Thursday, December 3, 2020
These days, you don't have to go far to see an inordinate number of products competing for your consumption, and beverages are certainly one of those categories. But among all of the various soft drinks with and without sugar, or caffeine, or artificial flavors, or carbonation, the only one that is really natural, the only one your body craves, the only one that is healthy, is water. There is nothing wrong with having a commercial beverage as a treat, for recreation, or socialization; but at mealtime, drink water. It goes with everything, and helps to promote good digestion. Not only that, it has no calories, no caffeine, and nothing else to get between you and good nutrition. And, for the most part, tap water is fine. If there is a suggestion of chlorine, or fear of contaminates, using a filter on your tap or a filtered pitcher can solve that issue. But buying water in bottles does not, as bottled water is not subject to the stringent requirements that tap water must satisfy, and those plastic bottles have to go somewhere. And bottled water is not cheap, often approaching the price of gasoline in some brands. Save the money, save the planet, save your health, and drink the water! Do you want more evidence? See my post called Water - Enough or Too Much Of A Good Thing!
Sunday, November 29, 2020
We live in a world where multitasking has become the norm. Checking the computer while talking on the phone, grabbing a bite to eat on the way to the car, is not farfetched. But when eating becomes a secondary action, accurate monitoring and control of that action is lost. This even can occur just with reading the newspaper or watching television while eating. One so concentrates on the accompanying process that the eating fades into the background as a mechanical act. The food is not really enjoyed, and normal limits on consumption may be ignored. But if eating becomes the primary activity, without distractions, then the food can be enjoyed, portions and selections can be appropriate, and control of intake can be achieved. I am not suggesting sitting at a table quietly eating your food; there is nothing wrong with a social meal, that is likely preferable, even background music is nice, it's the direction of attention and concentration that becomes the issue. By keeping the meal as the primary activity, other distractions won't grab your attention, so that you can control what, and how much, you consume.
Wednesday, November 18, 2020
For many, there is an unwritten rule that you have to clean your plate, not leave a morsel of food behind. This can be a problem when there is no quantification of how much is on that plate. If you look at the nutrition labeling of packaged foods, they always start out by defining a "portion." It is that portion size, expressed in ounces, cups, grams, pieces or whatever, that form the basis for all of the nutrition facts that follow. And it is that portion size that nutritionists feel is the right amount of that food to eat at a meal. No more, and no less. Now you may say that it is not enough for you, or maybe it's too much. Here is where an individual plan needs to be constructed, to understand what your nutritional needs are, and the best way to satisfy them in a healthy fashion. Clearly, you can't follow the suggestions strictly, without question; but you can use them as a guide to help prevent overeating, and supply the correct level of nutrients to maintain good health.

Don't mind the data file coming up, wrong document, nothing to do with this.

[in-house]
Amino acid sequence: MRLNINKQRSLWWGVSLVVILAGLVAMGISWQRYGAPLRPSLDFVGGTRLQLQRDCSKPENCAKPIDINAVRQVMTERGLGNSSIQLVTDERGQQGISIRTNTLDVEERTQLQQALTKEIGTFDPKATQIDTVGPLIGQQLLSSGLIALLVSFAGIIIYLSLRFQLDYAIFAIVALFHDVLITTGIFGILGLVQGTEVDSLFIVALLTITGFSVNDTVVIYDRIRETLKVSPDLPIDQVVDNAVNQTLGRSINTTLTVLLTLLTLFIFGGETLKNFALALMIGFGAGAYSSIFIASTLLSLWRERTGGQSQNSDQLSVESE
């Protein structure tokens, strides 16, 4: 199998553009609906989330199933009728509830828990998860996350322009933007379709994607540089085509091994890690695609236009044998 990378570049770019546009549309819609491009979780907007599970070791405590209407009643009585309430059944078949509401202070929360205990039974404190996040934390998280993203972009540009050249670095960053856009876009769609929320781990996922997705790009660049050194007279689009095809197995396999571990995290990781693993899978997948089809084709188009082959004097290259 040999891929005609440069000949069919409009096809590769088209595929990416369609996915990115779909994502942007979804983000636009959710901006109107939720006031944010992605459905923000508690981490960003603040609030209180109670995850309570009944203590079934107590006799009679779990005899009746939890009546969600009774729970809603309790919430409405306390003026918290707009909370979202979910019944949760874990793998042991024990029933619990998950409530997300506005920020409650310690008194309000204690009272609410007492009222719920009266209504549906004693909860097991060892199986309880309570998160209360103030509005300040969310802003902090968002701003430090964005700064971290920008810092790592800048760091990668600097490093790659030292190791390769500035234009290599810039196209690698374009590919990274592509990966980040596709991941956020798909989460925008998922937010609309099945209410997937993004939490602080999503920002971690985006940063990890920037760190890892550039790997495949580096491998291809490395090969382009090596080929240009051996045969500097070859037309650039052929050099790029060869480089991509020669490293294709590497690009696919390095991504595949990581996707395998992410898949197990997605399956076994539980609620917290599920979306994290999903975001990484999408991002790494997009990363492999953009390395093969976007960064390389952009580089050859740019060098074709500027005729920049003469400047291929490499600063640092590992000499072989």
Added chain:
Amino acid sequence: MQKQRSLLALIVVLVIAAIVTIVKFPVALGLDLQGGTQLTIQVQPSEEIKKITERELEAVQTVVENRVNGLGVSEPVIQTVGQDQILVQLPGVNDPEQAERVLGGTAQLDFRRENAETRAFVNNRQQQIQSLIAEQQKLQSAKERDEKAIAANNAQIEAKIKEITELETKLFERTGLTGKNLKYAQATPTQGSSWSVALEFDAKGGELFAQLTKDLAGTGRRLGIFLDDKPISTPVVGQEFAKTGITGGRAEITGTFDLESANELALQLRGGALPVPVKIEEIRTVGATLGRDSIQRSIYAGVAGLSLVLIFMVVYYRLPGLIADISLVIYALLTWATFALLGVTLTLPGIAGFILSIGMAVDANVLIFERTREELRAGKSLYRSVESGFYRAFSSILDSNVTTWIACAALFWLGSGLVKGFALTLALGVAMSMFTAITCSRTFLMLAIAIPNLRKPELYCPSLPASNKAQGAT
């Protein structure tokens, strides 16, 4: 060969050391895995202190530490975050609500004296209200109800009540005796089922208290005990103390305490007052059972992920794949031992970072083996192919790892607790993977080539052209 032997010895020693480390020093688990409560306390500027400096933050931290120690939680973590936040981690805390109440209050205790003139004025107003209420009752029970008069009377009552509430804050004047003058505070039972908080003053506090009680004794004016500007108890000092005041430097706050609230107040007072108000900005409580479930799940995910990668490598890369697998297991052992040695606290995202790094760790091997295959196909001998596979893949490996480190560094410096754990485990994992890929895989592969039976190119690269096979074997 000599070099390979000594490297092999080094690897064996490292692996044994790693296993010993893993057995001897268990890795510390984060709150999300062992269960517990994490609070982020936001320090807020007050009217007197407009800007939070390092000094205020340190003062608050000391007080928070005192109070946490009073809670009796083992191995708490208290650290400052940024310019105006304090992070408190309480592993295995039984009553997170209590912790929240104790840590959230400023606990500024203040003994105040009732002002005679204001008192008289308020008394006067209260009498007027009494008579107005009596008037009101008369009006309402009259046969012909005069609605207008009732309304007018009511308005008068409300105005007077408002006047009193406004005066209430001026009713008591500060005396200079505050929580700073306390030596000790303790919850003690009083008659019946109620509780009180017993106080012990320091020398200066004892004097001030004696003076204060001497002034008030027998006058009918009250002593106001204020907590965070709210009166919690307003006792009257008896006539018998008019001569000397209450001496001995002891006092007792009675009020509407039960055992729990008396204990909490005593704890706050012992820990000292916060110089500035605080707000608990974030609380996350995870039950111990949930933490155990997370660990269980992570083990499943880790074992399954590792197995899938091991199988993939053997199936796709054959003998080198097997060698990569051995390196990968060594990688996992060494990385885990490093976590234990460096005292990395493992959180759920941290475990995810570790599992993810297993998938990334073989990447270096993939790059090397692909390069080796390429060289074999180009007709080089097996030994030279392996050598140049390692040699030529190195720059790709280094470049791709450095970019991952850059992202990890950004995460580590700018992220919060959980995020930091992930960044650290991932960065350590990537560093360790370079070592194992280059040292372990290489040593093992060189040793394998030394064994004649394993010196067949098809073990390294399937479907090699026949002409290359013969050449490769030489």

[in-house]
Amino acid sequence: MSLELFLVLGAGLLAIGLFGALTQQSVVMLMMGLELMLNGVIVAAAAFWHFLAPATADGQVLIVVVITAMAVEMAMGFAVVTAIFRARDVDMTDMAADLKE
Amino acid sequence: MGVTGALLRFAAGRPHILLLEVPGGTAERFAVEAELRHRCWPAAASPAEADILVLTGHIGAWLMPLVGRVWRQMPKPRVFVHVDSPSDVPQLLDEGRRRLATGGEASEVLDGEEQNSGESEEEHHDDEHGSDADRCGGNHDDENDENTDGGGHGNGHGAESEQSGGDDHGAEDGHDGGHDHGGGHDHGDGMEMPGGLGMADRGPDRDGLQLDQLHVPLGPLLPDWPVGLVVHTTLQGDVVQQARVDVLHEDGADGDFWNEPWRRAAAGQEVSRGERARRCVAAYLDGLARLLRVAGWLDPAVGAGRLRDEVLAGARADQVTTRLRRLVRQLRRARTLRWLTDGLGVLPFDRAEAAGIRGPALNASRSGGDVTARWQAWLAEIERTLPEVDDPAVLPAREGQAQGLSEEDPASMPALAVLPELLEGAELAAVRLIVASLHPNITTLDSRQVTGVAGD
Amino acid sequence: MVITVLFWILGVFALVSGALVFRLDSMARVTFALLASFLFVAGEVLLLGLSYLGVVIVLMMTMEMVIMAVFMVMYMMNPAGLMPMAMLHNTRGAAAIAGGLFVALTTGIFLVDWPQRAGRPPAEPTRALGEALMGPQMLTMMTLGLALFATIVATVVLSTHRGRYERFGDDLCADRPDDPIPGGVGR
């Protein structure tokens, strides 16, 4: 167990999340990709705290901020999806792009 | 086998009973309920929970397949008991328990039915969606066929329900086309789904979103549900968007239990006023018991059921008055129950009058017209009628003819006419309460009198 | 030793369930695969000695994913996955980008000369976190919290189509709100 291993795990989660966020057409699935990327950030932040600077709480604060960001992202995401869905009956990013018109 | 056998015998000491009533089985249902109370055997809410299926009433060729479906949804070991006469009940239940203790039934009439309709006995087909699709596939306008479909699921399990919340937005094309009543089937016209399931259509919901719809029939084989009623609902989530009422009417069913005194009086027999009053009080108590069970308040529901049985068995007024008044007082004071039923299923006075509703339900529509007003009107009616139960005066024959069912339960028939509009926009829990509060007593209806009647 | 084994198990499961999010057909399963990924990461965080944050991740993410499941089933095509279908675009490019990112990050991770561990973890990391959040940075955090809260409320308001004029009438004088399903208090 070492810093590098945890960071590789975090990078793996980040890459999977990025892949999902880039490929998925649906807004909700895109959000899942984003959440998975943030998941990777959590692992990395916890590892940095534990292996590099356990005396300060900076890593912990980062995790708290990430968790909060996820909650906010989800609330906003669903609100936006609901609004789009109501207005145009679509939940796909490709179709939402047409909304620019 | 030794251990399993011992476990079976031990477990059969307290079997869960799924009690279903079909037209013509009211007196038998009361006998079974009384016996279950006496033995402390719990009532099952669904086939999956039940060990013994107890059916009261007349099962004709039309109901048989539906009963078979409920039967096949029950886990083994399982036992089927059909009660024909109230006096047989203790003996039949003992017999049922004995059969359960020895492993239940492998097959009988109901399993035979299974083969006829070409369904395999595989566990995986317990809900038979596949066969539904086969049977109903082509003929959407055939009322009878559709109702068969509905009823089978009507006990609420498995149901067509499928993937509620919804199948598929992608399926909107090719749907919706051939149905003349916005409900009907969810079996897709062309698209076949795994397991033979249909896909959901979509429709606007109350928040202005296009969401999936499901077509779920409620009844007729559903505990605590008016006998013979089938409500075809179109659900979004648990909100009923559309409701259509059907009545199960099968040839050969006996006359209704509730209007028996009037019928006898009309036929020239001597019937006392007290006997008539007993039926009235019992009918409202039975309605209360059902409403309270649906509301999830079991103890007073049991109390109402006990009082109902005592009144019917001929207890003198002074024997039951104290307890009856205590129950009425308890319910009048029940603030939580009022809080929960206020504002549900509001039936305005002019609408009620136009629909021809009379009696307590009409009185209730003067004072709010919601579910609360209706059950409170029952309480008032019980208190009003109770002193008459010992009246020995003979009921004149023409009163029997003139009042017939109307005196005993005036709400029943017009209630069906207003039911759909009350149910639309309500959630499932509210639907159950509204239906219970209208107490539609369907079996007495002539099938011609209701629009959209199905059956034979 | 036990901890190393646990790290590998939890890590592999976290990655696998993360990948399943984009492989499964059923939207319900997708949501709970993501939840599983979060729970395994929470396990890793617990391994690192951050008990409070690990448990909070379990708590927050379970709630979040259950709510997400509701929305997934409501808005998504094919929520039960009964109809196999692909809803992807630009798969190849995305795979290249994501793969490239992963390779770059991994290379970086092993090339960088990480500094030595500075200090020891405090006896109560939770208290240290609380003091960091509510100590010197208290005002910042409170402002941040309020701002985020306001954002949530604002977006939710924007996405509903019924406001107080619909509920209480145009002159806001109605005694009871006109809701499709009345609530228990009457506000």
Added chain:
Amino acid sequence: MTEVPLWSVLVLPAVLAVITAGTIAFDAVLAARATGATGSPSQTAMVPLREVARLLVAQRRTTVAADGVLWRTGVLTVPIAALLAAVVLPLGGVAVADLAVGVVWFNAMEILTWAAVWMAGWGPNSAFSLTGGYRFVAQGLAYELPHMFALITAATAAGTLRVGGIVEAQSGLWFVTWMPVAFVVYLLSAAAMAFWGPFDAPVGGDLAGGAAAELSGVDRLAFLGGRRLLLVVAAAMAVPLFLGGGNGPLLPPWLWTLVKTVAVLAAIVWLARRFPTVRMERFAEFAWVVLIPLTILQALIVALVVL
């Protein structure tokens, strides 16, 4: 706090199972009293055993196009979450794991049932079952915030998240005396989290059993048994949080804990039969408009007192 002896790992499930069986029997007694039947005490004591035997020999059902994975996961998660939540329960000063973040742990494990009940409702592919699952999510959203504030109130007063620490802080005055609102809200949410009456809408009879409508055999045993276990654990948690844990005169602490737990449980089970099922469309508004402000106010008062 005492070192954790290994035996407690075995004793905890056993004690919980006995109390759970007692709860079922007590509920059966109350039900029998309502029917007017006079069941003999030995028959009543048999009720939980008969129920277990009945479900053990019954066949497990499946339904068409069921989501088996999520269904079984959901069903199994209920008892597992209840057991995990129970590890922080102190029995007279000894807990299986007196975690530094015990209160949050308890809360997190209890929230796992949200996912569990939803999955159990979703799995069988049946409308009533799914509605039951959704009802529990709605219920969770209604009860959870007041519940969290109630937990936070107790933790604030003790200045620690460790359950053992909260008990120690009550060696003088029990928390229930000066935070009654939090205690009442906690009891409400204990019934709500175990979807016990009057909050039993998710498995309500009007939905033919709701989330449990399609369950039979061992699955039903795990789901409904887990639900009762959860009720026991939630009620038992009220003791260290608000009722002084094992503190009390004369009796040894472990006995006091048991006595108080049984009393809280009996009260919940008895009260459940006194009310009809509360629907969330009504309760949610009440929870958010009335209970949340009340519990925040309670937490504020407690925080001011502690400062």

Monday, November 9, 2020
Anyone with a pet, or anyone who has been to the zoo, knows that animals, in general, eat standing up. People, in general, don't, or at least, shouldn't. Standing up while munching a meal makes it difficult to quantitate and control just what you are eating. Sitting down at a table, with a plate - even a paper one - allows you to define the time and space for eating. And, after all, placing some definition on your eating is what getting a diet into a healthy mode is all about. So even if you go out for some fast food, find a way to sit down and enjoy it.
Thursday, November 5, 2020
Getting your diet under control take some structure, and one such structure is where you eat. If you associate your eating with only one place in your home, and keep it there, you can go a long way to break the pattern of snacking, or even eating meals, all over the place. In addition, by defining the place that you can eat, you will likely restrict the amount that you eat, as you cannot eat when you are not in that place. And that can give a natural boost to your achieving a more healthy diet.
Monday, November 2, 2020
I know which food I find hard to resist, do you know your favorite? You just can't resist some foods, and always take one more bite, just a bit more, until you are overboard and sinking because of it. You have a problem setting a limit for such foods, but that is exactly what you need to do. Such a limit can be accomplished by deliberately setting aside a small portion of that favorite food, and set it aside. Don't eat it. Leave it on the plate. You can do this, and by leaving what you love the most, you can gain control on what you eat overall.
Wednesday, October 28, 2020
Are you sensing a pattern here? First, you took a pause in the meal, then a little pause with each bite. Now I'm asking you not to overlap your actions. The idea is not to wolf your food down, eating was never meant to be a race. The only prize for finishing your food in record time is heartburn, or packing in calories that you don't need. Slow down and enjoy your food. All of these actions help to let your stomach send those signals of fullness to your satiety center, allowing you to feel more full even though you've eaten less. Finishing what's in your mouth before putting your hands in gear helps with that effort